There are two types of hard drives: those about to fail, and those that will fail eventually. Plan accordingly.
I learned this in my great photo catastrophe of 2012. On vacation in Italy with a fancy-pants camera, I saved gigabytes and gigabytes of Tuscan sunsets onto a new portable drive. But when I got home and plugged it in, the drive started to chirp like a cicada. Gulp. My photos would only show up, briefly, when I gave the drive a firm thwack.
I recovered many of my shots, but it took a week of thwacking and fretting. I became obsessed with backing up my digital life. I copied photos and music to extra drives. I burned DVDs. I printed things out.
Eventually, I found a better way: a program called CrashPlan that, for $60 a year, saves an online copy of everything that passes through my computer.
I’m not talking about services like Dropbox or networked hard drives, which act as extensions of your computer’s storage. CrashPlan has diligently and unobtrusively backed up my entire digital life for the past few years. But technology has marched on, so I recently revisited my backup options.
I tested four of the most popular backup services that claim to offer unlimited storage: CrashPlan, Backblaze, Carbonite and SOS Online Backup. I didn’t include services such as iDrive, Mozy and Norton Online Backup because they sell storage by the gigabyte. (I don’t understand how anybody is supposed to know how many bytes they’re going to consume, like one of those contests where you guess how many jelly beans are in a jar.)
Online backup is effective because it does the worrying for you. The cloud is less susceptible to loss than running (or, heaven forbid, thwacking) your own farm of backup drives. The cloud is protected from fire, flood, theft and your cat. You can access online archives from anywhere, including on your phone. And it makes sense if you’re already paying an arm and a leg for fast, unlimited broadband.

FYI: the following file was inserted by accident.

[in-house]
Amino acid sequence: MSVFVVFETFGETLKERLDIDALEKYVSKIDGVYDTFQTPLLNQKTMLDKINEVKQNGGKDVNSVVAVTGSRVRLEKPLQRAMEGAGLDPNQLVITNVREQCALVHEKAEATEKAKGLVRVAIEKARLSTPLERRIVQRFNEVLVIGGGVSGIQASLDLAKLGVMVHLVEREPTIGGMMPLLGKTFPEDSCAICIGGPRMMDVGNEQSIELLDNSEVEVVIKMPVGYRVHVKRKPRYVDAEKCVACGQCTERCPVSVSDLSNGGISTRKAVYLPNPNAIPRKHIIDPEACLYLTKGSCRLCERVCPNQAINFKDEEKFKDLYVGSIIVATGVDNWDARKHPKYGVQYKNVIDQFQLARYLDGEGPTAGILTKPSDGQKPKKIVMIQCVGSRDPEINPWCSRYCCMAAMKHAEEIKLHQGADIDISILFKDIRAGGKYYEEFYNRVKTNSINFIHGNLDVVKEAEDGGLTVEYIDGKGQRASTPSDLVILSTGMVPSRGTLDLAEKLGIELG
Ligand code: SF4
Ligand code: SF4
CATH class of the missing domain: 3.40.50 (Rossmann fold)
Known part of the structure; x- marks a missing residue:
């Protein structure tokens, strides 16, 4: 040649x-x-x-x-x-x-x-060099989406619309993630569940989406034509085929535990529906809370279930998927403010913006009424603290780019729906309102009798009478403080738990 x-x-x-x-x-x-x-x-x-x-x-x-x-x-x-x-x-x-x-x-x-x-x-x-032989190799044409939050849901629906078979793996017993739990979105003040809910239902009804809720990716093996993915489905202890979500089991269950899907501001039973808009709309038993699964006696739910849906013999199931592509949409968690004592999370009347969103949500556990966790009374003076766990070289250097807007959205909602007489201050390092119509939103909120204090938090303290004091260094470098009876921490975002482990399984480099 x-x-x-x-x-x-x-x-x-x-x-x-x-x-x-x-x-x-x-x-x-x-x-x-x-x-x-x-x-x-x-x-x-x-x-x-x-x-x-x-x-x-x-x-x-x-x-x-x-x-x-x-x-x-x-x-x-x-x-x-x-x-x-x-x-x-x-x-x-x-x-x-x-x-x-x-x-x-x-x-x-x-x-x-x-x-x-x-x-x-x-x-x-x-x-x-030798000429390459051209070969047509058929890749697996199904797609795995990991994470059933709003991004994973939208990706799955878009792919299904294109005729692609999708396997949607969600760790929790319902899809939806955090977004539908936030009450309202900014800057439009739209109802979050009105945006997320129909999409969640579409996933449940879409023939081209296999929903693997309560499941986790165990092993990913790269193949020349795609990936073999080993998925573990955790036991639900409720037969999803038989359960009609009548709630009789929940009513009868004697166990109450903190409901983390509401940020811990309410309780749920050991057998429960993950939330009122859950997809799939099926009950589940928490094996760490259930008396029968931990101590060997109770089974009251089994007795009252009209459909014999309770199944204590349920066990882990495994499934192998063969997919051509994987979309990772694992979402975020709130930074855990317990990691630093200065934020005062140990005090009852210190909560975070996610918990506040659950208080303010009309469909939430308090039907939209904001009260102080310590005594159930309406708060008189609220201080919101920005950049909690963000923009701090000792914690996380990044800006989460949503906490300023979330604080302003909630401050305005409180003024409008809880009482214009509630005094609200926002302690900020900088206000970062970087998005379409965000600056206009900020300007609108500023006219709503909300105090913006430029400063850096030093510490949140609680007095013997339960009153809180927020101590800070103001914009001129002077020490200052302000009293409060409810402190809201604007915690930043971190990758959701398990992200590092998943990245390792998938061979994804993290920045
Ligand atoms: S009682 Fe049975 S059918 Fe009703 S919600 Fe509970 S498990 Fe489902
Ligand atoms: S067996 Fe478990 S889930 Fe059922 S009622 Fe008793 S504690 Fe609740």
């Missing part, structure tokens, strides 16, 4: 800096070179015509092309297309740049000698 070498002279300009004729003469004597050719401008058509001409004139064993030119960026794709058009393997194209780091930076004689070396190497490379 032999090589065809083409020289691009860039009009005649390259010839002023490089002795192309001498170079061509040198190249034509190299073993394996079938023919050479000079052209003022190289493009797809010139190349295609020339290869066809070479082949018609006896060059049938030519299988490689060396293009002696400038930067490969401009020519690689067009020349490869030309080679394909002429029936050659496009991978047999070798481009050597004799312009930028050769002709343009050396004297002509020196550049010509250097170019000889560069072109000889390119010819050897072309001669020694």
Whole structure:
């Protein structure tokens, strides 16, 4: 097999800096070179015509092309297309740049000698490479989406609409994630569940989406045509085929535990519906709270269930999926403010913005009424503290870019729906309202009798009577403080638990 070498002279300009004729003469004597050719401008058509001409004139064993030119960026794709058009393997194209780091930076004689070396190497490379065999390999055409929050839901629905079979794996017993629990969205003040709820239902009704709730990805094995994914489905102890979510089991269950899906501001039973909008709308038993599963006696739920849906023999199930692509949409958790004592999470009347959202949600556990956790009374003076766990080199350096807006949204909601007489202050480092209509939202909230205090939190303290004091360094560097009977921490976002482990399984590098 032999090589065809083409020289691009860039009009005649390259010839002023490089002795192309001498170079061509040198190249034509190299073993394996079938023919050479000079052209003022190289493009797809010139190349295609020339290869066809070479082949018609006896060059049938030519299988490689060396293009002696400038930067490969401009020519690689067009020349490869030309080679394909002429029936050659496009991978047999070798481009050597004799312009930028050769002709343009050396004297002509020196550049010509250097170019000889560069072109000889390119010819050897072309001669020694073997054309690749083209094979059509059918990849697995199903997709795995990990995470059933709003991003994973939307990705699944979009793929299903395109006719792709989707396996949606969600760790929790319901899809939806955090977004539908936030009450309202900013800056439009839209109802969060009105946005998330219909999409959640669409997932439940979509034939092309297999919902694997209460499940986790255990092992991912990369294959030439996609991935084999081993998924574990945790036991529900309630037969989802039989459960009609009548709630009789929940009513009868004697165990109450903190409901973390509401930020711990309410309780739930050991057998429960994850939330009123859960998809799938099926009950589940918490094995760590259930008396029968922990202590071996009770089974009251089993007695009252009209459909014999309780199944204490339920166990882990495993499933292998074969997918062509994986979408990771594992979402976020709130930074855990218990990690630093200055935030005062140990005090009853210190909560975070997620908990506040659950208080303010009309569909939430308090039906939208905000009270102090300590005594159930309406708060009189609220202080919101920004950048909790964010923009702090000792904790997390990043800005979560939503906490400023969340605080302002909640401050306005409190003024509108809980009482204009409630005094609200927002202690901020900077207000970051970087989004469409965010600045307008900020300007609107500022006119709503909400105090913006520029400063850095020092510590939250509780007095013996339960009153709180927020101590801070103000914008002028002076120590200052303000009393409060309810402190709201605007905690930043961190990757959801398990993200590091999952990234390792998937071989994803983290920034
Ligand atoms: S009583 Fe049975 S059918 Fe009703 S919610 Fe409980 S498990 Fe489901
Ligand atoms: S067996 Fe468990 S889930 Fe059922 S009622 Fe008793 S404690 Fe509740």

Yes, with the cloud you have to be wary of security, privacy and bandwidth. (I’ll help with that in a moment.) But you’re more likely to actually use it than the alternatives: Reliably dragging a copy of your My Documents folder onto an external drive is just wishful thinking. Dedicated backup drives like Apple’s $300 AirPort Time Capsule are simple enough…until they fill up and you ignore reminders to get a new one.
To make it a fair test, I loaded my four online contenders on four identical Dell laptops stuffed with about 10 GB of video and an external drive with another 10 GB of photos. Then I backed them up, one after the other, through my home Internet connection.
I found a lot to like in three of them (though not Carbonite, which is harder to use and isn’t really “unlimited” unless you pay extra). At $50 a year, Backblaze is inexpensive and simple. SOS offers the most comprehensive archive—it can also back up your phone and tablets. But it’s also the most expensive, at $80 a year.
CrashPlan is still my favorite. It has more of a track record and a much larger clientele, and it offers all of the most important capabilities for $60. If you’ve got a whole family to protect, CrashPlan will back up as many as 10 computers for $150 a year—by far the best value.
CrashPlan is free to download and try on PCs and Macs for a month, so you can judge whether it’s right for you without handing over your credit card.
The first time you run it, CrashPlan scans your computer for the files it thinks you ought to back up. That’s mostly going to be the stuff in your documents folders and desktop, but you can manually add other files and folders.
If you have a very messy computer, Backblaze and an application from SOS coming out in March make it easier to find pictures and documents squirreled away in unusual places.